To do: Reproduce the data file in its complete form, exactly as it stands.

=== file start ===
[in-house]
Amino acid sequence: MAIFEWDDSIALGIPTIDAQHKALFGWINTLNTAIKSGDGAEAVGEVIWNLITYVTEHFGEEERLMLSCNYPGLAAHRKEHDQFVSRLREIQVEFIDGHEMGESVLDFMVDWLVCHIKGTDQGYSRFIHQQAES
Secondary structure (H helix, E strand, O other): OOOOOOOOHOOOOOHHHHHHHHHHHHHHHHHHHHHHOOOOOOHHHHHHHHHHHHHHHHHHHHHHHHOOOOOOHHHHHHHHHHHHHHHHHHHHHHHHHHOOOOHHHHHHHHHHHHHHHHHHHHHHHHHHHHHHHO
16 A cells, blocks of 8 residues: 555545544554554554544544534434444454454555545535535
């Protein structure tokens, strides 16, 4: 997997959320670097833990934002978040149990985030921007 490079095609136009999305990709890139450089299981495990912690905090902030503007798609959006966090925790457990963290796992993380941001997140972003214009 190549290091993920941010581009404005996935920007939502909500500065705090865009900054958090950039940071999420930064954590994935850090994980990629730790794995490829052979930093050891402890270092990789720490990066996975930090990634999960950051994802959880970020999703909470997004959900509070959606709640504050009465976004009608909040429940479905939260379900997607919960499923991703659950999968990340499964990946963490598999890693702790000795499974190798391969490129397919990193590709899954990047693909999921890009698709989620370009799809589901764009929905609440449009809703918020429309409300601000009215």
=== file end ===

[in-house]
Amino acid sequence: MAIFEWDDSIALGIPTIDAQHKALFGWINTLNTAIKSGDGAEAVGEVIWNLITYVTEHFGEEERLMLSCNYPGLAAHRKEHDQFVSRLREIQVEFIDGHEMGESVLDFMVDWLVCHIKGTDQGYSRFIHQQAES
Secondary structure (H helix, E strand, O other): OOOOOOOOHOOOOOHHHHHHHHHHHHHHHHHHHHHHOOOOOOHHHHHHHHHHHHHHHHHHHHHHHHOOOOOOHHHHHHHHHHHHHHHHHHHHHHHHHHOOOOHHHHHHHHHHHHHHHHHHHHHHHHHHHHHHHO
16 A cells, blocks of 8 residues: 555545544554554554544544534434444454454555545535535
């Protein structure tokens, strides 16, 4: 997997959320670097833990934002978040149990985030921007 490079095609136009999305990709890139450089299981495990912690905090902030503007798609959006966090925790457990963290796992993380941001997140972003214009 190549290091993920941010581009404005996935920007939502909500500065705090865009900054958090950039940071999420930064954590994935850090994980990629730790794995490829052979930093050891402890270092990789720490990066996975930090990634999960950051994802959880970020999703909470997004959900509070959606709640504050009465976004009608909040429940479905939260379900997607919960499923991703659950999968990340499964990946963490598999890693702790000795499974190798391969490129397919990193590709899954990047693909999921890009698709989620370009799809589901764009929905609440449009809703918020429309409300601000009215």